AHA/ACC Guideline on the Management of Lower Extremity Peripheral Artery Disease
- Gerhard-Herman MD, Gornick HL, Barrett C, et al.
- 2016 AHA/ACC Guideline on the Management of Patients With Lower Extremity Peripheral Artery Disease: A Report of the American College of Cardiology/American Heart Association Task Force on Clinical Practice Guidelines. J Am Coll Cardiol 2016;Nov 13:[Epub ahead of print].
The following are key points to remember from this Guideline on the Management of Patients With Lower Extremity Peripheral Artery Disease (PAD):
- Patients at increased risk for PAD include patients aged ≥65 years, those with other risk factors for atherosclerosis (e.g., diabetes, any smoking history, hyperlipidemia, hypertension), a family history of PAD, or other known forms of atherosclerosis (e.g., coronary or carotid atherosclerosis, renal or mesenteric atherosclerosis, abdominal aortic aneurysms).
- In patients with possible PAD, a resting ankle-brachial index (ABI), with or without segmental pressures and waveforms, is recommended to establish a diagnosis. ABI readings (the higher of each arterial pressure in each limb) are categorized as abnormal (ABI ≤0.90), borderline (ABI 0.91-0.99), normal (ABI 1.00-1.40), or noncompressible (ABI >1.40).
- A toe-brachial index (TBI) should be measured to diagnose patients suspected of PAD when the resting ABI is >1.40. An exercise ABI should be performed in patients with exertional nonjoint-related leg symptoms and normal or borderline resting ABI (0.90-1.40).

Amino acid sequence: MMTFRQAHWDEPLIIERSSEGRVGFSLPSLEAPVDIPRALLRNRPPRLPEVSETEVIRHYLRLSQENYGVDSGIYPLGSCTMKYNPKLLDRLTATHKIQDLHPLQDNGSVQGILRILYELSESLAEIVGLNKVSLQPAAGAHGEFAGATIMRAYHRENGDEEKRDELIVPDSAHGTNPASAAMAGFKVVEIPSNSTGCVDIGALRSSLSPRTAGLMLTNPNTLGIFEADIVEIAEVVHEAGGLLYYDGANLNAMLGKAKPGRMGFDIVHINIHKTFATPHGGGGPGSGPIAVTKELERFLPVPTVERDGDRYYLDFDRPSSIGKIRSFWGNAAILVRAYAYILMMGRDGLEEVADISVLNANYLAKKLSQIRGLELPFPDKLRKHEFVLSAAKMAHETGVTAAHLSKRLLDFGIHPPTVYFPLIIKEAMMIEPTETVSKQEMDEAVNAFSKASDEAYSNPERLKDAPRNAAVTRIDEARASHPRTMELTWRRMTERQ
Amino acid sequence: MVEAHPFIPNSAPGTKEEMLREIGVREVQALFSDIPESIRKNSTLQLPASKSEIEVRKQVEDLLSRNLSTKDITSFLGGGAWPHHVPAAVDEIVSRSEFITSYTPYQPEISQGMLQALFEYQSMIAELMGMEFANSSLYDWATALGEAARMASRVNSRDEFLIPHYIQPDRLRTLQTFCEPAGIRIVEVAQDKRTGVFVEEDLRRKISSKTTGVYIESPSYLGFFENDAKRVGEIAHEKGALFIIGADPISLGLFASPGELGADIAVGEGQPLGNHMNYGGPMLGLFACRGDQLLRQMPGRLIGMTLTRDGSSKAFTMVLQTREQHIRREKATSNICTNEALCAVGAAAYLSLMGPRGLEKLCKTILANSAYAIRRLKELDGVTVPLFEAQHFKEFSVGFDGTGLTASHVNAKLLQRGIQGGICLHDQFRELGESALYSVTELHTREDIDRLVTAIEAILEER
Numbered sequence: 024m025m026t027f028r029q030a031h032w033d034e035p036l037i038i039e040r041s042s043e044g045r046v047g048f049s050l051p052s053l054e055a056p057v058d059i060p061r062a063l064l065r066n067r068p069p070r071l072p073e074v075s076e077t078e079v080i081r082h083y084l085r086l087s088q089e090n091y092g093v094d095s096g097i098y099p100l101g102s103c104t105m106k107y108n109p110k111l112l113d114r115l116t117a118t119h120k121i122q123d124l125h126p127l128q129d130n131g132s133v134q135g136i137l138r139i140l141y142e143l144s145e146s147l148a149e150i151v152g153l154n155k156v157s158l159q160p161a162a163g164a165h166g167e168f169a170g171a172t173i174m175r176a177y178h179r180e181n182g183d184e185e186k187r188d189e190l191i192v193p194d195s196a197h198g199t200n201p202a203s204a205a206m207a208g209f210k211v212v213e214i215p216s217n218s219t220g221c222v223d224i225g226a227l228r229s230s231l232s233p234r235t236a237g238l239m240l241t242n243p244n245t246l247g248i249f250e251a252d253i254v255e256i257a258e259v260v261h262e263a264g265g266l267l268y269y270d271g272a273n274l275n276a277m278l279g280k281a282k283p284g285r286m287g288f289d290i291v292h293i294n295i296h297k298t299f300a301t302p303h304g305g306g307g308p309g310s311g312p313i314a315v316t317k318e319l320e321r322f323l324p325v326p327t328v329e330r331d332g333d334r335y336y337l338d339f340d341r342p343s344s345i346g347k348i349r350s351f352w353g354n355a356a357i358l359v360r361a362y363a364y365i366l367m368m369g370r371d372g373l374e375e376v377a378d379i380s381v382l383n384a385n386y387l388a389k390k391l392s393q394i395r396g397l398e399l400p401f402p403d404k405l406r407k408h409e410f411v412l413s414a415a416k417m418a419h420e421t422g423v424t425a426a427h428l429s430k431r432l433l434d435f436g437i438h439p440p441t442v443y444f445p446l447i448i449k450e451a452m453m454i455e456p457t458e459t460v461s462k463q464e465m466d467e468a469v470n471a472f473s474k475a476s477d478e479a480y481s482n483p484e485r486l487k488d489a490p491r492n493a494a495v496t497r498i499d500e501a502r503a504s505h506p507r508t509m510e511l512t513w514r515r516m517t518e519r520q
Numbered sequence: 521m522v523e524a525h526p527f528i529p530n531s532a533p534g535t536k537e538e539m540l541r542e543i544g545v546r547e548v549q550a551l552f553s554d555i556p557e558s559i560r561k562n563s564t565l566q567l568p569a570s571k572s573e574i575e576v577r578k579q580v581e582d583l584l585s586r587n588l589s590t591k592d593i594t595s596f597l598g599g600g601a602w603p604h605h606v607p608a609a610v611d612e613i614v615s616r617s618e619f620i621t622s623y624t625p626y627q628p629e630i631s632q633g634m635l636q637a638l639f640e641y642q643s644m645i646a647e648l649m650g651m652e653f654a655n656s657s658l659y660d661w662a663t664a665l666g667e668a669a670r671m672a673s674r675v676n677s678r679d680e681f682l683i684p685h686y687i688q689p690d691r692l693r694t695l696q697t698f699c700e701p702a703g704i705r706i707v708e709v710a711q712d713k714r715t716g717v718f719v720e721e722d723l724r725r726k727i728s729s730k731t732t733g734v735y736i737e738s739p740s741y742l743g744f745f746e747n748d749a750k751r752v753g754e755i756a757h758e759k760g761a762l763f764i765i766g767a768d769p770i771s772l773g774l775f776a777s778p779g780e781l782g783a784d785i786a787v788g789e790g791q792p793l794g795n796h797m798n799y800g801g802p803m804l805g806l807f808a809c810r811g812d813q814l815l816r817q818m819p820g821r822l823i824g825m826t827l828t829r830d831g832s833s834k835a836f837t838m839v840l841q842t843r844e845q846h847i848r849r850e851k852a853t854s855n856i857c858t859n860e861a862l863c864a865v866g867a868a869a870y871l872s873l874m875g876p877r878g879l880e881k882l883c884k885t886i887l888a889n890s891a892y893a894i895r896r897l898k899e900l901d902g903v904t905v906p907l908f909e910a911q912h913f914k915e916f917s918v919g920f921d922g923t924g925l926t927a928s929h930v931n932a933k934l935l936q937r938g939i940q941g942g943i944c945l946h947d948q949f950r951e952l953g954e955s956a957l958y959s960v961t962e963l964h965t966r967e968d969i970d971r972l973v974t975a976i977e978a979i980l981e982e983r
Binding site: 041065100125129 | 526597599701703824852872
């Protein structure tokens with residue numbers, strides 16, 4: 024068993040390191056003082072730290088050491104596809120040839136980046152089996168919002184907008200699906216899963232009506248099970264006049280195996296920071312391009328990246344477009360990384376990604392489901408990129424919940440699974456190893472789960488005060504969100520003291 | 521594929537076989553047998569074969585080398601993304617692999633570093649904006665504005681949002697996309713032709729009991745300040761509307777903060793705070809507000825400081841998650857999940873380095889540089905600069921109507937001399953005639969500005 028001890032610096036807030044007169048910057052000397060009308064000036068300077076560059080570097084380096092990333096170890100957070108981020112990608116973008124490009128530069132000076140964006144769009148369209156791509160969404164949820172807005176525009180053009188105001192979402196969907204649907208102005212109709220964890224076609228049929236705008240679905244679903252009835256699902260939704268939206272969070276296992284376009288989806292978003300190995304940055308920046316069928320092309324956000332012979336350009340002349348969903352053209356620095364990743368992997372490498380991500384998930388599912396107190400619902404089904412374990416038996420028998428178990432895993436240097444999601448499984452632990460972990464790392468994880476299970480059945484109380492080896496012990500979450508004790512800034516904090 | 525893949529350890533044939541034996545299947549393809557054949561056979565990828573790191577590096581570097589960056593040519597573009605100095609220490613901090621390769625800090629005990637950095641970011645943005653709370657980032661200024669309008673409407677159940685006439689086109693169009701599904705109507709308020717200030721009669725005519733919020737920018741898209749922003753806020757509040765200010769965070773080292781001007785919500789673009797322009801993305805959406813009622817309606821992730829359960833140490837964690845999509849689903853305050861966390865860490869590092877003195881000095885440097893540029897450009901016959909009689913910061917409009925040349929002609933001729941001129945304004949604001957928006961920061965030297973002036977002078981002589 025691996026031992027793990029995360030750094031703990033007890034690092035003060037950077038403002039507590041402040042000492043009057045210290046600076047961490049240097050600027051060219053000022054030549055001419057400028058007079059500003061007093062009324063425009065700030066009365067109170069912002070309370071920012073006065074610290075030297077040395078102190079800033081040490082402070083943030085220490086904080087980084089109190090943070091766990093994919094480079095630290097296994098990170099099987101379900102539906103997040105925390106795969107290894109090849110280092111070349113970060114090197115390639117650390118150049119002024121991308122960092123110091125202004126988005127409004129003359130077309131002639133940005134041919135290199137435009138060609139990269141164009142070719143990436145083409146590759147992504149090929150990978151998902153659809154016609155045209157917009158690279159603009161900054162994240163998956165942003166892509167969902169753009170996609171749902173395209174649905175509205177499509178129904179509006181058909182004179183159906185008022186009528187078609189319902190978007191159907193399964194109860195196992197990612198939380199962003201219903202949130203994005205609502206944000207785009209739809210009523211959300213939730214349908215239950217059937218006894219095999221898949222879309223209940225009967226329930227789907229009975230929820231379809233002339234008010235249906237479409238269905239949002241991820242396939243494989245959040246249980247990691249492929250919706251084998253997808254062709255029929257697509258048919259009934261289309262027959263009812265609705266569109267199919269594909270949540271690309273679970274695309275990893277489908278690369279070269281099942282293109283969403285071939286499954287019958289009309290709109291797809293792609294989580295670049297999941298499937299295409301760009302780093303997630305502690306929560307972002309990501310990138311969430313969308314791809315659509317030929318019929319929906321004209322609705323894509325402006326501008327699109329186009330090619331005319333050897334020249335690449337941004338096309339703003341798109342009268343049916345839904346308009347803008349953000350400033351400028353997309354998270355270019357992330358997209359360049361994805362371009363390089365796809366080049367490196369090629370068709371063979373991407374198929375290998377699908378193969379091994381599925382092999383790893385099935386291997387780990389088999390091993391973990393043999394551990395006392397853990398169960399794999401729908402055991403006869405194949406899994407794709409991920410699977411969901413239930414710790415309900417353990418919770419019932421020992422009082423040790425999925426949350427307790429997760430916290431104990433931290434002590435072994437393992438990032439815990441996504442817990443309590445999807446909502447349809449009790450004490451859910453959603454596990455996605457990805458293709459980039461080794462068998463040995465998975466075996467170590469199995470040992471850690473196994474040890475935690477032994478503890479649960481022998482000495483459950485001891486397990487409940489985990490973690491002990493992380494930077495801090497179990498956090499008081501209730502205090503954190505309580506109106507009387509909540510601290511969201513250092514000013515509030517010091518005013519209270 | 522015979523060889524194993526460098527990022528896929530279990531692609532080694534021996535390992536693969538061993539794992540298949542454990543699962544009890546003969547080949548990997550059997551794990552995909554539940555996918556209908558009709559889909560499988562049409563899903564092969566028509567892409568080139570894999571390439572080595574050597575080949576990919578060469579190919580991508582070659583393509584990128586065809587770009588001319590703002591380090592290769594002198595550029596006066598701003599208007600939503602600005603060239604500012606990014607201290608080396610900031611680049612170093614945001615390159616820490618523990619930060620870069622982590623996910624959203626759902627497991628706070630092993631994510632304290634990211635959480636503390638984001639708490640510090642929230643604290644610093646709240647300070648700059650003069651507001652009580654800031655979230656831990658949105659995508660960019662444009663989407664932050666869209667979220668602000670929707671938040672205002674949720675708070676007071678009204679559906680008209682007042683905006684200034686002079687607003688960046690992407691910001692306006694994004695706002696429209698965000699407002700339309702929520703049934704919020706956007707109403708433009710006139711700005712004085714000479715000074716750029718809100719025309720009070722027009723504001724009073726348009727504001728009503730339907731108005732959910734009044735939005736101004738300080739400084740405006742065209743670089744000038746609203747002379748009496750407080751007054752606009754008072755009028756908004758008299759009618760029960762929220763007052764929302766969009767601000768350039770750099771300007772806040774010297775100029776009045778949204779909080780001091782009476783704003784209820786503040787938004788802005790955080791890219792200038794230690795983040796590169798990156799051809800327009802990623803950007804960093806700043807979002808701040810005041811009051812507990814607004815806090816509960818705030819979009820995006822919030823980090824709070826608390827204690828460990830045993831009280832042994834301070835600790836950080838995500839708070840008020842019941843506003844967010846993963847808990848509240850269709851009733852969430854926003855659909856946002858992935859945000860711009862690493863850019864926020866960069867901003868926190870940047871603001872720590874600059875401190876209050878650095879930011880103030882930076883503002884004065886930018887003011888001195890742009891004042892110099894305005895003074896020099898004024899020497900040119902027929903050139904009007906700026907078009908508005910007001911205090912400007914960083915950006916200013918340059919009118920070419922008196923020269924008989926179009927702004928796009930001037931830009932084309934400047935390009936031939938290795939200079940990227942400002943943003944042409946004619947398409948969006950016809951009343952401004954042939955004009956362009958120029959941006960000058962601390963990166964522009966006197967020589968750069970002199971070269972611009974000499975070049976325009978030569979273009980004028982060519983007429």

- In patients suspected of having critical limb ischemia (CLI; e.g., rest pain, nonhealing wound, or gangrene), an anatomic study, such as duplex ultrasound, computed tomography angiogram, magnetic resonance angiogram, or invasive angiogram should be performed when arterial pressures are abnormal (ABI or TBI).
- Patients with symptomatic PAD should be initiated on antiplatelet therapy (aspirin 75-325 mg daily or clopidogrel 75 mg daily) and statin therapy, preferably atorvastatin 80 mg daily. Antihypertensive therapy, smoking cessation, and coordinated diabetes management should also be initiated.
- Use of cilostazol may improve symptoms and increase walking distance in patients with claudication. Cilostazole is contraindicated in patients with congestive heart failure. Pentoxifylline is not effective for treatment of claudication.
- Supervised exercise is recommended to improve functional status and quality of life as well as to reduce leg symptoms. This should be discussed prior to possible revascularization treatment options. Structured community-based or home-based exercise programs are an alternative to supervised exercise for patients with claudication.
- Revascularization is a reasonable treatment option for patients with lifestyle-limiting claudication and an inadequate response to medical management and exercise.